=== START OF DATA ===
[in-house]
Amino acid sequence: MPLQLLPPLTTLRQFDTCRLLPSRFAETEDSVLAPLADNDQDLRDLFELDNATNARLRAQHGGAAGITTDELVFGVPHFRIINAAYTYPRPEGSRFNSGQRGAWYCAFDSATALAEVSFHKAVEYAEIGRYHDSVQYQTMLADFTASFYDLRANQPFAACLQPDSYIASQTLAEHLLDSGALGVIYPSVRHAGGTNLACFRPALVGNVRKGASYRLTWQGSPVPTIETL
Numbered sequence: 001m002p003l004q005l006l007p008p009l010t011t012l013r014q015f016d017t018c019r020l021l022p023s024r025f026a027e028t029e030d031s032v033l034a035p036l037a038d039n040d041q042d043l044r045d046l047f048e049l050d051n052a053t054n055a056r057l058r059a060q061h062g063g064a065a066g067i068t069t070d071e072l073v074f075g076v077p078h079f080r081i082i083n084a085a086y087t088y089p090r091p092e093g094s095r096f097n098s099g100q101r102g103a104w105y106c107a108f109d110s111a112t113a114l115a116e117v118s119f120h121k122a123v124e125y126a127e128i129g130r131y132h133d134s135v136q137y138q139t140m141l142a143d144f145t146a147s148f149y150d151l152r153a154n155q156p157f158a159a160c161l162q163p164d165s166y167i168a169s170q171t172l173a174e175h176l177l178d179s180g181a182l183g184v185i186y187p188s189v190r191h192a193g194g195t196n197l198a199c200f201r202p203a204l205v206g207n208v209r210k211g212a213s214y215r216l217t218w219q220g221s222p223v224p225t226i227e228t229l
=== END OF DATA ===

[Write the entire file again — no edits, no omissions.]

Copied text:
[in-house]
Amino acid sequence: MPLQLLPPLTTLRQFDTCRLLPSRFAETEDSVLAPLADNDQDLRDLFELDNATNARLRAQHGGAAGITTDELVFGVPHFRIINAAYTYPRPEGSRFNSGQRGAWYCAFDSATALAEVSFHKAVEYAEIGRYHDSVQYQTMLADFTASFYDLRANQPFAACLQPDSYIASQTLAEHLLDSGALGVIYPSVRHAGGTNLACFRPALVGNVRKGASYRLTWQGSPVPTIETL
Numbered sequence: 001m002p003l004q005l006l007p008p009l010t011t012l013r014q015f016d017t018c019r020l021l022p023s024r025f026a027e028t029e030d031s032v033l034a035p036l037a038d039n040d041q042d043l044r045d046l047f048e049l050d051n052a053t054n055a056r057l058r059a060q061h062g063g064a065a066g067i068t069t070d071e072l073v074f075g076v077p078h079f080r081i082i083n084a085a086y087t088y089p090r091p092e093g094s095r096f097n098s099g100q101r102g103a104w105y106c107a108f109d110s111a112t113a114l115a116e117v118s119f120h121k122a123v124e125y126a127e128i129g130r131y132h133d134s135v136q137y138q139t140m141l142a143d144f145t146a147s148f149y150d151l152r153a154n155q156p157f158a159a160c161l162q163p164d165s166y167i168a169s170q171t172l173a174e175h176l177l178d179s180g181a182l183g184v185i186y187p188s189v190r191h192a193g194g195t196n197l198a199c200f201r202p203a204l205v206g207n208v209r210k211g212a213s214y215r216l217t218w219q220g221s222p223v224p225t226i227e228t229l